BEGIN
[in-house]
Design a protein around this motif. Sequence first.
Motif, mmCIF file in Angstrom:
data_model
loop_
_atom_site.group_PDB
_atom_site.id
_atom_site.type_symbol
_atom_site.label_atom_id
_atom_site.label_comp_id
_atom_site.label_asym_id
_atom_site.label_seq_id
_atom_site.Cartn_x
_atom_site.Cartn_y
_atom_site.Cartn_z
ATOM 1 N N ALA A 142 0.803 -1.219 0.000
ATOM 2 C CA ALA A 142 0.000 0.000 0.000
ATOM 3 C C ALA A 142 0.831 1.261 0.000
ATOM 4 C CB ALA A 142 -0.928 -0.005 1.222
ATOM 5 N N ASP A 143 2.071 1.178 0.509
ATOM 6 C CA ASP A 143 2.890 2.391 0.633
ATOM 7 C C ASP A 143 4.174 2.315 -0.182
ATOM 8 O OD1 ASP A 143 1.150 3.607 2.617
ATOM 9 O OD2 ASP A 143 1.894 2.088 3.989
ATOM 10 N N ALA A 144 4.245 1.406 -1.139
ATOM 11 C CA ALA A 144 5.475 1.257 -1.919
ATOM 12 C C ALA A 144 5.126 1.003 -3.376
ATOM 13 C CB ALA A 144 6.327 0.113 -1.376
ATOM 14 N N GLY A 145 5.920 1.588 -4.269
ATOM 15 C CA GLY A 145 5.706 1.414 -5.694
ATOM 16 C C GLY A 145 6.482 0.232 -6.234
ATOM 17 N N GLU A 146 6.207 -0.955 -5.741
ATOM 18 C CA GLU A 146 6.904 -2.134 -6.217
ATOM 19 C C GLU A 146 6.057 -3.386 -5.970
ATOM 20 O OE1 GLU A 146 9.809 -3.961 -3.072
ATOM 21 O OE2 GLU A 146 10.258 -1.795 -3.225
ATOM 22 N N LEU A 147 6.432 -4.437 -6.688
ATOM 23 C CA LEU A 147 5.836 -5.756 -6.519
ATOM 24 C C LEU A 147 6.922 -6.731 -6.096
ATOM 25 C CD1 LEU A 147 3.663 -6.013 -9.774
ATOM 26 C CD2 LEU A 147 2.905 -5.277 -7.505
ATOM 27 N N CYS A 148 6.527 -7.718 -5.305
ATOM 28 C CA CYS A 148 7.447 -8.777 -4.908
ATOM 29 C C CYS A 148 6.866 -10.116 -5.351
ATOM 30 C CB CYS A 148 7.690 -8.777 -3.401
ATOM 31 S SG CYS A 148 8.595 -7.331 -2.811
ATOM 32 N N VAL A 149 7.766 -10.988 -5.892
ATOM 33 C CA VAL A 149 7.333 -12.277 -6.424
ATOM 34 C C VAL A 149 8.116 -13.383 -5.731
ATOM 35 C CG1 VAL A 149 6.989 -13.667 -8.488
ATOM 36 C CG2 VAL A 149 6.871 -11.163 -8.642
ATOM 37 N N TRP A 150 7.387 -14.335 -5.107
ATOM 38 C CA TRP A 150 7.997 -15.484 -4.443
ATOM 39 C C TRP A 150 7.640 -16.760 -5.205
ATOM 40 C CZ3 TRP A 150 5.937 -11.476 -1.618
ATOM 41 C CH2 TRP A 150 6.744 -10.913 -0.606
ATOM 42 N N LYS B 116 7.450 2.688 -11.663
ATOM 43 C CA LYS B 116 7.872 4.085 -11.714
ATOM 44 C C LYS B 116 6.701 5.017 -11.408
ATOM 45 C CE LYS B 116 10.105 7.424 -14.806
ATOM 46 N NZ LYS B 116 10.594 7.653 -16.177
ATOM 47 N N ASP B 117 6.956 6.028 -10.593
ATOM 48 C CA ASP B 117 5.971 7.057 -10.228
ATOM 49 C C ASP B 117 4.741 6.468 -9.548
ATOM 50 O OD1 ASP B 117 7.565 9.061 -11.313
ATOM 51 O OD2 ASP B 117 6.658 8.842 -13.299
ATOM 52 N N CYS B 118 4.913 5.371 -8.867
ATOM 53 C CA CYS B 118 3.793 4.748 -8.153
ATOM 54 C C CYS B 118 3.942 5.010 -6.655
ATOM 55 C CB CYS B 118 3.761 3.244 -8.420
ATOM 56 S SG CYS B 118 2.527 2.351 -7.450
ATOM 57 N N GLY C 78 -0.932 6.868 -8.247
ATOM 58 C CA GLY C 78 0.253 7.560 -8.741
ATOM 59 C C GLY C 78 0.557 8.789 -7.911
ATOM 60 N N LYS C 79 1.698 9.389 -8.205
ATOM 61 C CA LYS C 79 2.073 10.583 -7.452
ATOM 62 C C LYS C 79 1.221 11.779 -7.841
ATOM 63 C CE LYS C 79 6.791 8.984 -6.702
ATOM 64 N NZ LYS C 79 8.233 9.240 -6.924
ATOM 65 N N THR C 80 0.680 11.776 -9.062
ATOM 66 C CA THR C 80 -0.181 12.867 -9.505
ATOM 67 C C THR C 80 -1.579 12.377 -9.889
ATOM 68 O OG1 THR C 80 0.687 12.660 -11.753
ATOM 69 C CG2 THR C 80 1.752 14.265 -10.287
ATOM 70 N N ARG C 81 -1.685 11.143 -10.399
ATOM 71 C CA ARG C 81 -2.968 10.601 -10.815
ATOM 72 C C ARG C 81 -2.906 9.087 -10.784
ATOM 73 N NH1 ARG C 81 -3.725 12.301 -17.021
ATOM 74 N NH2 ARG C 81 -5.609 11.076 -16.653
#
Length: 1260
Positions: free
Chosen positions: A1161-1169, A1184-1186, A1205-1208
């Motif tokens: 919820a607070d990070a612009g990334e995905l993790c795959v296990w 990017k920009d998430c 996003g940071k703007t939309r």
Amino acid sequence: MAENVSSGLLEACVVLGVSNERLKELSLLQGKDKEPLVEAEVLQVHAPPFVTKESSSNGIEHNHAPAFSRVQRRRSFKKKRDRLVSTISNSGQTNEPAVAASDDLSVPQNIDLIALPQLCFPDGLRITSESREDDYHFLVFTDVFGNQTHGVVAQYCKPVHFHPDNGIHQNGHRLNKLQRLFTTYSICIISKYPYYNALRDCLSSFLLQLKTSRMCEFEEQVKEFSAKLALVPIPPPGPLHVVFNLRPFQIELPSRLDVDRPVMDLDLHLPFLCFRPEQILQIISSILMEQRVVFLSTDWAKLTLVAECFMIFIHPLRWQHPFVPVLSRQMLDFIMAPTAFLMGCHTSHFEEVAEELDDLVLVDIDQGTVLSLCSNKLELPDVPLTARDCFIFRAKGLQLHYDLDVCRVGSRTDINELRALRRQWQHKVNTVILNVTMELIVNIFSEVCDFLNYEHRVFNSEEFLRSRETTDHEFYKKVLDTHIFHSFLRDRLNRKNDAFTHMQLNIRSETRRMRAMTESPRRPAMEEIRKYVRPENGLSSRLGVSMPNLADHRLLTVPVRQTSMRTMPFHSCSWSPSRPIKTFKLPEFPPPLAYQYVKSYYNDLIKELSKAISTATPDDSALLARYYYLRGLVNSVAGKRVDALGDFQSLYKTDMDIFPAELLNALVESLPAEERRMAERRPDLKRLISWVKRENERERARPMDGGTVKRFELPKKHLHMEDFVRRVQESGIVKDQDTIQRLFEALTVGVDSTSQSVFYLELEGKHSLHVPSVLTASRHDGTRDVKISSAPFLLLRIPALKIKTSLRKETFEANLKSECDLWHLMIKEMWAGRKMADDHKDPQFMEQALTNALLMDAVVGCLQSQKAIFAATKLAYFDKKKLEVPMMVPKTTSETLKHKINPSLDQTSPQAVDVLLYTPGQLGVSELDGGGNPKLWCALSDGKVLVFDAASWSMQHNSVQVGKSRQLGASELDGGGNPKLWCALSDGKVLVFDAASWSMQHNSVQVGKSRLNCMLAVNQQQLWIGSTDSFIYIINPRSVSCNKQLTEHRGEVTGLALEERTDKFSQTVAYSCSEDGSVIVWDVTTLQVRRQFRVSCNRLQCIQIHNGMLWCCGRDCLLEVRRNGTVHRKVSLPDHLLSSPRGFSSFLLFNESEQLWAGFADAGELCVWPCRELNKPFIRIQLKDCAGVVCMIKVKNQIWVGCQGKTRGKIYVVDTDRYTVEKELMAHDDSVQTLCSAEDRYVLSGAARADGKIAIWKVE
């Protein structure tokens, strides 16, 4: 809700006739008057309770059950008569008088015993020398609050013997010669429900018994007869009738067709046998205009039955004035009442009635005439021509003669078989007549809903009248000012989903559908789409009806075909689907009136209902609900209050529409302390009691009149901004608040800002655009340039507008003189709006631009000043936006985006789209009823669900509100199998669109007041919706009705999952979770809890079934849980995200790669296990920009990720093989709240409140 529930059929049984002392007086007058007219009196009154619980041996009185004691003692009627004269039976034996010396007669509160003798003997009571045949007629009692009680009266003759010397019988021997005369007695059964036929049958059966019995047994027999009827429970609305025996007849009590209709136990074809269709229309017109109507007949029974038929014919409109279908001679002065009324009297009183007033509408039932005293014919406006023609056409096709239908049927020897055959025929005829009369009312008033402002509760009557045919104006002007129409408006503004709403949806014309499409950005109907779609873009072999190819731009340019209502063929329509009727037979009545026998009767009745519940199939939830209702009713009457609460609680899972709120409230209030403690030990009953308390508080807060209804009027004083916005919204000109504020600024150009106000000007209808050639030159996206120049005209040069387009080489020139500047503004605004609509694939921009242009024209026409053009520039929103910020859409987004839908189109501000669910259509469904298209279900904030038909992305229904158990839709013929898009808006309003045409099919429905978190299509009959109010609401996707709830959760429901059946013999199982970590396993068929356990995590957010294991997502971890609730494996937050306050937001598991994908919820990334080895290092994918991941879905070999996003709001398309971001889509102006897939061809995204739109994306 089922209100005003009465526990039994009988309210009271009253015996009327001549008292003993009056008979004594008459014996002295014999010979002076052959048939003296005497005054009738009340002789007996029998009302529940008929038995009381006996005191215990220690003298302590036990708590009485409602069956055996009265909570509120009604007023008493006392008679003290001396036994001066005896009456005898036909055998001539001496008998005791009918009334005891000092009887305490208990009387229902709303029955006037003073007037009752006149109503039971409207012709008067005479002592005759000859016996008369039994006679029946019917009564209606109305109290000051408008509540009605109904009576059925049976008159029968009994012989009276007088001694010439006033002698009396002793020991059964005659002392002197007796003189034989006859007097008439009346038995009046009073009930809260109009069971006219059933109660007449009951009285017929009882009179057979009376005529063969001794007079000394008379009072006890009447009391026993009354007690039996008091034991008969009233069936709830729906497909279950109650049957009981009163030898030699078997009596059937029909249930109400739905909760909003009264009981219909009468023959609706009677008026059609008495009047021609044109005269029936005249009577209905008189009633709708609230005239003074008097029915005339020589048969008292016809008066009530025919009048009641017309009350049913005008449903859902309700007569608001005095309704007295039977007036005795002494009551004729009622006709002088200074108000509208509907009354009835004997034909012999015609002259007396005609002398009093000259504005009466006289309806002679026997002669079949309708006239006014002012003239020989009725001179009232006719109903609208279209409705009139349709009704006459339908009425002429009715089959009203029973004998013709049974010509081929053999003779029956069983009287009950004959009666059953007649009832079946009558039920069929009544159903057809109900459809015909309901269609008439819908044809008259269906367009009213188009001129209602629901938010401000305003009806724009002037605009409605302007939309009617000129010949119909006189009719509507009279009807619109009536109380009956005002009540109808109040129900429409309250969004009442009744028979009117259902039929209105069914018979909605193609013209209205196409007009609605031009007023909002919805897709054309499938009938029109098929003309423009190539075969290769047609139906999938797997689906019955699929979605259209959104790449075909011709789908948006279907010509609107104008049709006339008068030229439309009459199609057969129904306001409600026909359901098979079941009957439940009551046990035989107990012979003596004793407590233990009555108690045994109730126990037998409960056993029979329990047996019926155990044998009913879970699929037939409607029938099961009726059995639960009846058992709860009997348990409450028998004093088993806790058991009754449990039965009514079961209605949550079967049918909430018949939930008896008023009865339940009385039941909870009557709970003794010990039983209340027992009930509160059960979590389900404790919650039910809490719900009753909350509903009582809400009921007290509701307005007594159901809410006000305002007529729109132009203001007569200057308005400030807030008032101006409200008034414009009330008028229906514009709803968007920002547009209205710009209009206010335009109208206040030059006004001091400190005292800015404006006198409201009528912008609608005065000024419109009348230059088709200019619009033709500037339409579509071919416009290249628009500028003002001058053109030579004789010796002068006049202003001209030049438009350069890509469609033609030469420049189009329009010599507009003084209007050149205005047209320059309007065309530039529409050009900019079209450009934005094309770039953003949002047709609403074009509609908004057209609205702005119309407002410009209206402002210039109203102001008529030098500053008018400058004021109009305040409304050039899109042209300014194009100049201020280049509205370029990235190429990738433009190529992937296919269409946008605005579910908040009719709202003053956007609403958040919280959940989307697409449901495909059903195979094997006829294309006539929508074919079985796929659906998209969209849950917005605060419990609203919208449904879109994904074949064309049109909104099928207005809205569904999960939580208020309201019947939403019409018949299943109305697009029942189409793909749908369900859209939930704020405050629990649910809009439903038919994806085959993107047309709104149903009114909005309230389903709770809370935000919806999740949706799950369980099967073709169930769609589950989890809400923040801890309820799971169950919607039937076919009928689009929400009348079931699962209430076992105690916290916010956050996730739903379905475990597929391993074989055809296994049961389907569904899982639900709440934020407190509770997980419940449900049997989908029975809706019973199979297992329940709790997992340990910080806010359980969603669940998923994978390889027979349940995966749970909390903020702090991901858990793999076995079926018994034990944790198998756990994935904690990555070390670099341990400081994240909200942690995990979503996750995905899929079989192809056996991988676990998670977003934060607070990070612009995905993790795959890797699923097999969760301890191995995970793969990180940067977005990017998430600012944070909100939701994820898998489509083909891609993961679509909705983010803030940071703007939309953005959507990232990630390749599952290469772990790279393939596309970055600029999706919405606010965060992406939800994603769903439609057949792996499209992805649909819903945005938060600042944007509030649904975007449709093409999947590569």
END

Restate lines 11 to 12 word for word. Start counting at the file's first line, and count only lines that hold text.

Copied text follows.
_atom_site.label_asym_id
_atom_site.label_seq_id